Planning my workload now included any study and research outside of working hours too. I was able to be realistic when it came to setting targets for learning and development.

*****

I’m now fortunate enough to be on the other side of my burnout experience and have found ways of addressing my work/life balance for the better.

A large part of this is that my current employer, ECS Digital, actively plan catch-up weeks once a month. This ensures I have the time and flexibility to upskill and explore new technologies within my contracted hours.

Having the support of a talented team when learning new skills is also extremely important. I don’t feel as if I am learning in isolation as the team is always available to collaborate with me on solving problems.

Why businesses need to take note

According to a recent Kronos study, one of the top causes of burnout in 2017 was unfair compensation packages that lend themselves to employees working too much overtime and having an unreasonable workload. The same survey reported that 46% of HR leaders believed employee burnout was responsible for up to 50% of their annual workforce turnover.

Another aspect is that organisations frequently reward hero behaviour but fail to recognise the consistently good work of their employees who can achieve a high standard of work within their nine ‘til five.

At a time where businesses are struggling with the IT skills shortage and employee engagement is a competitive advantage, businesses can’t afford to ignore burnout within their teams. In the words of Charlie DeWitt, Managing Director of ANZSEA at Kronos:

“Employee burnout has reached epidemic proportions. While many organisations take steps to manage employee fatigue, there are far fewer efforts to proactively manage burnout. Not only can employee burnout sap productivity and fuel absenteeism, it will undermine engagement and cause an organisation’s top performers to leave the business altogether. This creates a never-ending cycle of disruption that makes it difficult to build the high-performing workforce needed to compete in today’s business environment.

Organisations should seek out and implement technology solutions that provide a proactive approach to mitigating burnout, such as the scheduling of rest during rolling periods as long as a year. Workforce analytics can also identify and alert managers to trends in scheduling and absenteeism that may indicate an employee is on the path to burnout so changes can be made.”

Lessons Learned

Since I began to become more aware of my burnout symptoms I have achieved a greater work-life balance and now take a lot more time to relax. I take more time to spend with friends and family. My stress levels have reduced as I don’t work nearly as much as I used to and the self-learning that I now do is something that I’m truly passionate about.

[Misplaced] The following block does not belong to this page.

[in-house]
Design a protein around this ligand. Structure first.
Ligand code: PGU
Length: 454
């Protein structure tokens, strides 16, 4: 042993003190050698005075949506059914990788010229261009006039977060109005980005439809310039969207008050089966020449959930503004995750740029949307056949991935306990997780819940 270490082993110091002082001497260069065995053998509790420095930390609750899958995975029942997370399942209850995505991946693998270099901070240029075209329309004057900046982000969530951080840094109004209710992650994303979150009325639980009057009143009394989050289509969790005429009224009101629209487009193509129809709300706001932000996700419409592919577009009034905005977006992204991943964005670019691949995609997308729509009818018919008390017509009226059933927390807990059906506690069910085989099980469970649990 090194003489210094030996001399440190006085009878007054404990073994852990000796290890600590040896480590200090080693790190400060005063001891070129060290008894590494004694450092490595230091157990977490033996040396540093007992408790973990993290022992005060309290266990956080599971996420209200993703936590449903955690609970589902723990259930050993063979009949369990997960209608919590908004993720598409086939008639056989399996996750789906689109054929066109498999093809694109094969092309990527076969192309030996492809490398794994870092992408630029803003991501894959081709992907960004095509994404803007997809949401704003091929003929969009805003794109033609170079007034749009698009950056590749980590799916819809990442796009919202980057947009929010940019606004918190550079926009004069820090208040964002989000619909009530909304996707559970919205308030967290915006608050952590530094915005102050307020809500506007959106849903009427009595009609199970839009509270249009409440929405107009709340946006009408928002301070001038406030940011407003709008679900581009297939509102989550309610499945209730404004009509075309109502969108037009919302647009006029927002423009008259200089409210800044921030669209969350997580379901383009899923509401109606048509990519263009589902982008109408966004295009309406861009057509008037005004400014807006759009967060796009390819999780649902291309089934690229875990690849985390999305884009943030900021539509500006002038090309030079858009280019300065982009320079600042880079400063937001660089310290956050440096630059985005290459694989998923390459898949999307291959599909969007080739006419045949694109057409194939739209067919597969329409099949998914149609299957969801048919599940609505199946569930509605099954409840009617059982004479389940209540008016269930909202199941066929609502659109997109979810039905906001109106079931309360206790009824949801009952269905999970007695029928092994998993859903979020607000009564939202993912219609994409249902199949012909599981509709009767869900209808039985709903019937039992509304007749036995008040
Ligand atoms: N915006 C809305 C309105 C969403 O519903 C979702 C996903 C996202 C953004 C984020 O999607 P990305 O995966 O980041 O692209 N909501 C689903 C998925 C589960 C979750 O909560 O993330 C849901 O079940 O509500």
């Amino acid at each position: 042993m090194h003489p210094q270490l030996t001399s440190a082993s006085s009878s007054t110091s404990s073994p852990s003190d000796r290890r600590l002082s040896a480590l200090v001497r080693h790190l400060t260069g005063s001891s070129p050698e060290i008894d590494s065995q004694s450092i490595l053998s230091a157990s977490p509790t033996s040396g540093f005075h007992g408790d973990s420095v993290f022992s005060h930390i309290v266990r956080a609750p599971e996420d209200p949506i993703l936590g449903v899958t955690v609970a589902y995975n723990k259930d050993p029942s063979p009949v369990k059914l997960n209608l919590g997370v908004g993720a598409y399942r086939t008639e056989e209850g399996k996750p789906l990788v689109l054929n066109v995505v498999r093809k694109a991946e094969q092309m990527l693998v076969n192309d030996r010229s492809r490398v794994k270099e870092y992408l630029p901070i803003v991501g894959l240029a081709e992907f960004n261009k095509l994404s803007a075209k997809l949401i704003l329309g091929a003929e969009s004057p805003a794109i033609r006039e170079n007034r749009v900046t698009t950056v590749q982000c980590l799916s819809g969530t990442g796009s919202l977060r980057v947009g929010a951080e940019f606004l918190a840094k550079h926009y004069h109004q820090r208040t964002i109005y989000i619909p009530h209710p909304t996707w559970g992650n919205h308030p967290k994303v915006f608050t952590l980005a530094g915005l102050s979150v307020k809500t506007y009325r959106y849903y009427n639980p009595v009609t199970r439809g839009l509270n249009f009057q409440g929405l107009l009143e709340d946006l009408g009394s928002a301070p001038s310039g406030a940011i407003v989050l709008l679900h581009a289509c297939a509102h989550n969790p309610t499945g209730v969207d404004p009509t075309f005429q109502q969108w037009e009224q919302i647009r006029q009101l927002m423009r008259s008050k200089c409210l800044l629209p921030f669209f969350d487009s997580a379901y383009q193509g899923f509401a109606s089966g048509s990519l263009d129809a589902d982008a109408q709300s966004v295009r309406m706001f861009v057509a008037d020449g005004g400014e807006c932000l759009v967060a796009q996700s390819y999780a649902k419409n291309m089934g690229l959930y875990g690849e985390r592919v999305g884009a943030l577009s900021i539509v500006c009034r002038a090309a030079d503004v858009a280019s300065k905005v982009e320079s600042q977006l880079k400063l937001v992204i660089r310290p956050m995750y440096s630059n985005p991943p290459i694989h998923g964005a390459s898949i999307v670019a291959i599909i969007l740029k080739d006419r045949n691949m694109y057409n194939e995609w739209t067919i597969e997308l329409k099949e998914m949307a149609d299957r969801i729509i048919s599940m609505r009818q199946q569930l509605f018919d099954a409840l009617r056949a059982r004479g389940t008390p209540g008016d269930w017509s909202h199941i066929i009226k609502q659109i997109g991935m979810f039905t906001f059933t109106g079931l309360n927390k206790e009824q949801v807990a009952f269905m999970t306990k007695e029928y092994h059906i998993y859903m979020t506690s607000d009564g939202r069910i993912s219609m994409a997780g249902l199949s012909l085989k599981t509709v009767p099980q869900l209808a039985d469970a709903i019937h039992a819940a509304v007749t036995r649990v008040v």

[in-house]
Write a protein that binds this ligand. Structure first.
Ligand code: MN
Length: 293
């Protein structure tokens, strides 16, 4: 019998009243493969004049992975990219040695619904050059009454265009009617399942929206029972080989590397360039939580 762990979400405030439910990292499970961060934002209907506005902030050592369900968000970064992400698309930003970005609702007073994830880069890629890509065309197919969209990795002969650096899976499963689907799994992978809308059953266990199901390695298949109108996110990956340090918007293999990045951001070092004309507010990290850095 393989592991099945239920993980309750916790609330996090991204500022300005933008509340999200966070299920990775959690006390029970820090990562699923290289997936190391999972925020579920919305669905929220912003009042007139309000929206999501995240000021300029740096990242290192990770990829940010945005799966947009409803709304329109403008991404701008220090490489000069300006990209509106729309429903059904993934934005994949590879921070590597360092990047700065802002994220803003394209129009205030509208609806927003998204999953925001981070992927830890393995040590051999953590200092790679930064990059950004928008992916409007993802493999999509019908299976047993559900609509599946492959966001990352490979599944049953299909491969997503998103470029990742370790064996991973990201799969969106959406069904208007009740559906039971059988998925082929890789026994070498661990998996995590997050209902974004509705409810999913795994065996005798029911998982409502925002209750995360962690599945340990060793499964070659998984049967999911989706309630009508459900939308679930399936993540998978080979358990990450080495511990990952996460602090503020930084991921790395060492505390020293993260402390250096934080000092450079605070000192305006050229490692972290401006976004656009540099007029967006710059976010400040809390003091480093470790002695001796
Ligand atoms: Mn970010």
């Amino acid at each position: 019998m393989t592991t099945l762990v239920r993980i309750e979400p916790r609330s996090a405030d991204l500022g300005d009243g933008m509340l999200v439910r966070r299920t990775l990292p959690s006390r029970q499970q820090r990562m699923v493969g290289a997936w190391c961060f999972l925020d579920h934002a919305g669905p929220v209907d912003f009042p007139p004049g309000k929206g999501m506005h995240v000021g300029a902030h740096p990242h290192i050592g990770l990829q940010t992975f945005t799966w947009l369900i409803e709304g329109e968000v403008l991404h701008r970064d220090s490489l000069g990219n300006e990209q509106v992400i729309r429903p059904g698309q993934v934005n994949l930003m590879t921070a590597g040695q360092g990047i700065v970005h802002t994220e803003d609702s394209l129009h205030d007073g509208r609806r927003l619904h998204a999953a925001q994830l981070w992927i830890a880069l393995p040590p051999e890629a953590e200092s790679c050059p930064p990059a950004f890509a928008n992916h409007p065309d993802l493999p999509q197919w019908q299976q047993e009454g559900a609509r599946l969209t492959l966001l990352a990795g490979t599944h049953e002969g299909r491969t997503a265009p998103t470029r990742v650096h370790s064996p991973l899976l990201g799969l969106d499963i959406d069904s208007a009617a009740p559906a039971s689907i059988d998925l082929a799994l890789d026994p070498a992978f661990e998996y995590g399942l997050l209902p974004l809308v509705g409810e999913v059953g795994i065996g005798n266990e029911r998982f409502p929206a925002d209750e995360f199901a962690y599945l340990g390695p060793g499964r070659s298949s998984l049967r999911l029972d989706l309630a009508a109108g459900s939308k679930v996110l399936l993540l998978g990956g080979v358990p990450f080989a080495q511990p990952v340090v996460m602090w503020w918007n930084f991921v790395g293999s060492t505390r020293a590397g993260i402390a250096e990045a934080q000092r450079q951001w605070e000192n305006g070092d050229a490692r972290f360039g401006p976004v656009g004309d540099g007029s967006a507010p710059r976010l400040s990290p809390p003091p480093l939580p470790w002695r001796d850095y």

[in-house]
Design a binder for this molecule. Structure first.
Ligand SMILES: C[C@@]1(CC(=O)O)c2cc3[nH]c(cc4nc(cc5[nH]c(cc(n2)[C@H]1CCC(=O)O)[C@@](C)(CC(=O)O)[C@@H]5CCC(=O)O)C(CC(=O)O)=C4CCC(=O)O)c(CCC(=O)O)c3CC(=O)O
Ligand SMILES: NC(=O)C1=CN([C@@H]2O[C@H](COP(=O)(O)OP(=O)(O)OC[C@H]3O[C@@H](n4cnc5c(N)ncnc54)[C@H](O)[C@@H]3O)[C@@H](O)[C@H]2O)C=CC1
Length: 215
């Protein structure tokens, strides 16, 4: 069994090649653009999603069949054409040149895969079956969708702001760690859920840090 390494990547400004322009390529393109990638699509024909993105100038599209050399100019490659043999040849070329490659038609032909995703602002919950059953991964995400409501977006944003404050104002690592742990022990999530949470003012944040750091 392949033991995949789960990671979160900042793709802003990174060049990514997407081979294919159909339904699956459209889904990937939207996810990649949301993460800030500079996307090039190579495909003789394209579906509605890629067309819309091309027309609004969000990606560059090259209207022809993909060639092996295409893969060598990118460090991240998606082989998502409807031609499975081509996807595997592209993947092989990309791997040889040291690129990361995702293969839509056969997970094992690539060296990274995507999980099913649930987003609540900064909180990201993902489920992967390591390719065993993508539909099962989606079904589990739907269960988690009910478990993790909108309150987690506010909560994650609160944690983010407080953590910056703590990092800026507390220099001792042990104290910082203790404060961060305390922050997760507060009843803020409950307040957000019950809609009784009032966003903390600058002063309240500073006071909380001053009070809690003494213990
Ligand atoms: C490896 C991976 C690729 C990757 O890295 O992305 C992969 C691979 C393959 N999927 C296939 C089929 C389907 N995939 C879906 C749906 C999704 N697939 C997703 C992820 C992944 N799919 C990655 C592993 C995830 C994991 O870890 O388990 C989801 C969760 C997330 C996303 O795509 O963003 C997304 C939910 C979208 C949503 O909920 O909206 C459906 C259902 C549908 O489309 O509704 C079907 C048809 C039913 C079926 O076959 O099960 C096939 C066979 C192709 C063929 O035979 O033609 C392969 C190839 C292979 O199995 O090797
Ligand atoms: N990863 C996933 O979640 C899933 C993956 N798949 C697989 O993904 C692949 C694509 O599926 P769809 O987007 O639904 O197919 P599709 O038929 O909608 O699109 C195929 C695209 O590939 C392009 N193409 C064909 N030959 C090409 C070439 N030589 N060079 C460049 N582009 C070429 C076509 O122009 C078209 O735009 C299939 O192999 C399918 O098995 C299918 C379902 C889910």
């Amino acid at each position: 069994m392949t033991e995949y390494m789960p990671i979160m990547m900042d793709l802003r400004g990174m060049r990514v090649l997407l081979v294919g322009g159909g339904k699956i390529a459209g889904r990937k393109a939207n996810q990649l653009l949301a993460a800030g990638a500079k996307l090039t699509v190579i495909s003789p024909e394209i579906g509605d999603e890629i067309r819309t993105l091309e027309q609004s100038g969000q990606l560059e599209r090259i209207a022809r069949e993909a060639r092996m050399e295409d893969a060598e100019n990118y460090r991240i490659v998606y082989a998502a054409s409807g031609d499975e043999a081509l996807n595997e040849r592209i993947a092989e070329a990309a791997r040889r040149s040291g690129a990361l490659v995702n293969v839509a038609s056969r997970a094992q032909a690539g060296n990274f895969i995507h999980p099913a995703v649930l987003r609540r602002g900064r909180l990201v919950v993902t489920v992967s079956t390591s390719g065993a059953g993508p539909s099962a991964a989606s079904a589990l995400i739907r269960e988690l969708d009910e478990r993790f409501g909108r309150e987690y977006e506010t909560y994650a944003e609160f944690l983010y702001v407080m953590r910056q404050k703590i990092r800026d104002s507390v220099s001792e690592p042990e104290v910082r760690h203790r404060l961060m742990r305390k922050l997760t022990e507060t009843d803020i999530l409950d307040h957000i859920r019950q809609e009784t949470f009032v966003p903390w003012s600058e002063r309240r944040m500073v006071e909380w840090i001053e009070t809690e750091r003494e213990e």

The main thing I took away from the experience is that whilst enjoying what you do at work is extremely important, nothing happens in a vacuum and there are a lot of things in life more important than your career.

Just released!

To see the talk that inspired the blog, head to Ministry of Testing’s website for Ali Hill’s presentation on burn out at this year’s TestBash, Brighton here.

About the author:

Ali Hill is a passionate and motivated software tester at ECS Digital with a specific interest in improving teams’ processes to assist them in delivering quality software. Not only a test consultant, Ali is also heavily involved in the testing and tech community through my co-organising of Edinburgh Ministry of Testing Meetup and public speaking at various conferences – including a recent visit to the Nordic Testing Days conference.

Ali HillDon’t Be a Hero: My Experience with Burnout
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Out Scaling Peak Load

Out Scaling Peak Load

Not building your website for scale can be extremely detrimental to your service / product line and reputation – and can become an expensive mistake in the long term! Surges in genuine traffic are a rare opportunity, which makes it terrible timing for your website to be crashing.

In this short 25 minute talk, Morgan Atkins, DevOps and Continuous Delivery Consultant at ECS Digital, covers:

  • Why you want to engineer for scale
  • How you can build your services to scale
  • What the common success factors are
  • Where this technology is moving to next, and how this evolution will support scale beyond the Cloud

 

 

You can also watch the video for free on our YouTube channel here and learn how you can get yourself in the best position to react to unforeseen, performance-critical traffic spikes to your website.

If you want to talk to the team about any specific parts of the lecture, please reach out to hello@ecs-digital.co.uk and one of our consultants will be in touch to help answer your questions.

***

Banner Photo credit: Farzad Nazifi on Unsplash

Morgan AtkinsOut Scaling Peak Load
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Year in the life at ECS Digital

Year in the life at ECS Digital

  • Ever wondered what our consultants do?
  • Do you have an interest in engineering practices, culture, automation, coding or testing?
  • Are you ready to join our family?